January 24, 2008
CIRCA circulates music new & old at Canyon Club
Two-part set showcases new album, CIRCA: 2007, plus flurry of Yes favorites
By Rob Swick
Photos by Marco Herrán
The hills were alive with the sound of progressive music on Thursday, Jan. 10, when tuneage both vintage and new-age was produced by a partnership of veteran performers who have pooled their considerable talents into a kind of supergroup called Circa. Consisting of original Yes keyboardist Tony Kaye and longtime Yes drummer Alan White, plus latter-day Yes-men Billy Sherwood on bass and vocals and extraordinary leftie guitarist Jimmy Haun, with additional keyboards by Scott Walton, Circa brought their self-titled debut release to life, along with an amazing musical overview of the not inconsiderable Yes catalogue, at the Canyon Club in Agoura Hills, “where music meets the soul.”
Circa was introduced onstage by venerable FM radio personality Jim Ladd, who had taken the night off from his regular nighttime slot in order to be there for the band. The iconic “lonesome L.A. cowboy” (Lord have mercy!) described how he worked last year with Billy Sherwood on a recording project, entitled “Alone Out Here,” wherein Ladd himself wrote lyrics in conjunction with Sherwood’s musical conceptualizations, taking the listener on a journey similar to Ladd’s weekly excursions in his “Headsets” show each Wednesday at midnight. Ladd didn’t tarry long, however, and the moment he strode away, the members of Circa swiftly stepped onstage to perform a complete live rendition of their recent maiden CD, “Circa: 2007.” White-haired Tony Kaye smiled benignly as he took his place behind his keyboards, looking somewhat grandfatherly, yet ready for action in his western-style vented jacket. Alan White, whose hair was similarly snowy with maturity, appeared heartily robust and primed to perform. Jimmy Haun, looking playfully scruffy in his loose, untucked shirt, stepped on over to the steel guitar near Tony’s keyboards, and commenced with a tuning warmup, while the jovial Billy Sherwood entered to center stage, toting an intriguing-looking Factor bass. Behind Billy, across the stage from Tony, stood supporting keyboardist Scott Walton, known for his work with prog-rock outfit Conspiracy.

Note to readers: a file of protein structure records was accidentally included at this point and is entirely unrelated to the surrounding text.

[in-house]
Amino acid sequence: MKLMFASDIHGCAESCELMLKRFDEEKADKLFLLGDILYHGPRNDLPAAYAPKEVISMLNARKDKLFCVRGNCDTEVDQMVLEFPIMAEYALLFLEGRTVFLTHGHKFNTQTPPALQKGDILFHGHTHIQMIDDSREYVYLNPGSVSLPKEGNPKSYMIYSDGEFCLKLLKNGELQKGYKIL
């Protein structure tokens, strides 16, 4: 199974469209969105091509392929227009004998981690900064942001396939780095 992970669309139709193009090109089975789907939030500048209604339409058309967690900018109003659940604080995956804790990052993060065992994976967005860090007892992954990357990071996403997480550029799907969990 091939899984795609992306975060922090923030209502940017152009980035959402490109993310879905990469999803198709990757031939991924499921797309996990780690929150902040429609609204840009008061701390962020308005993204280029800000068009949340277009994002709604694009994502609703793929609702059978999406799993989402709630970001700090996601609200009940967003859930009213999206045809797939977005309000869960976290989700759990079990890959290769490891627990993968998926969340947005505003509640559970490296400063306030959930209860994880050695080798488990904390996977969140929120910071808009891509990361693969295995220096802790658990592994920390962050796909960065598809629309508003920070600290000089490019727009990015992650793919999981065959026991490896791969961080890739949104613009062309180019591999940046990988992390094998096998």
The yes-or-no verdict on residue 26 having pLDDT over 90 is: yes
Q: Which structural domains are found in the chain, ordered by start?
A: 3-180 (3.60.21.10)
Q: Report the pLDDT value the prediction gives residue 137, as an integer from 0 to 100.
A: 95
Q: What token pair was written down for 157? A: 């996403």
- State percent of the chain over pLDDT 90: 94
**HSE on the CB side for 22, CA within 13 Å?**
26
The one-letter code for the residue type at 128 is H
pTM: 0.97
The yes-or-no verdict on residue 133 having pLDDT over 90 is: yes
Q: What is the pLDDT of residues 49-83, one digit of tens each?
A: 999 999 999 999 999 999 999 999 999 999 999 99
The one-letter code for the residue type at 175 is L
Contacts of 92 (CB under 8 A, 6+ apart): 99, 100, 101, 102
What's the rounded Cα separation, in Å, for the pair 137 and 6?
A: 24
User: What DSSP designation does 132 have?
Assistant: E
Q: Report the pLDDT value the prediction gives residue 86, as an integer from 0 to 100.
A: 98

The phenomenal first portion of Circa’s set was, as mentioned, an up-close-and-personal recreation of virtually the entire album of the band’s new music, which is naturally heavily influenced by the members’ lengthy and diverse experience within the progressive-rock genre. Circa’s “Cut the Ties” emitted the same kind of cosmically positive energy as the Yes classic, “Yours Is No Disgrace,” bubbling with similar multi-layer vocals and frilly, trilly, ear-tickling guitar adornments. Billy’s wide-ranging voice was at times surprisingly reminiscent of the lofty tones of founding Yes vocalist, Jon Anderson, while his nimble, chunky bass lines rang with the woody tones so well identified with co-founding Yes bassist Chris Squire – which makes sense, since Billy played right alongside the two progressive pioneers while serving for a spell in that band on keys and guitar. In other songs, such as “Information Overload,” Jimmy’s fantastic fingerings, on both the electric and steel guitars, bore the imprint of influential guitarist Steve Howe of Yes, along with echoes of other prog-rock trailblazers such as old Genesis and Gentle Giant. Jimmy’s effects pedals included four stomp-pads in a row, appropriately labeled 1 through 4, and fans close to the edge of the stage soon came to realize that whenever he pressed Number One, they were in for a tasty, sweet-toned solo from the hands of a master.
Tony and Alan were efficient and workmanlike at their respective posts, tying Circa’s songs together with steady expertise. Alan was good for a few flourishes here and there, but no extended drum solo was forthcoming, this time. Likewise, in conjunction with supporting player Scott, Tony kept the keys flowing and flying, but withheld from reveling too long in any star-turn spotlight moments.
Much of Circa’s music and lyrics tended towards uplifting, inspirational, and thought-provoking themes, as seen in songs including “Don’t Let Go,” “Trust In Something,” and “Keeper of the Flame.” When the new-music set finally concluded, it therefore wasn’t a long leap at all into an intense extended medley of some of the best-known tracks from Yes. Fans were pleased to hear snippets and sections of similarly good-feeling songs such as “And You and I,” “Roundabout,” and “Long Distance Runaround,” expertly cobbled together into an extended jam, with no vocals at all, as all five players concentrated intently on the timeless tunes they were reproducing. A close to the medley, a group bow, a single stirring encore, and Circa left the Canyon Club audience replete with satisfaction, but hopeful that Circa will stick around as a band, for much masterful music yet to come. In the meantime, see more about the group at: www.myspace.com/circahq
Photos by Marco Herrán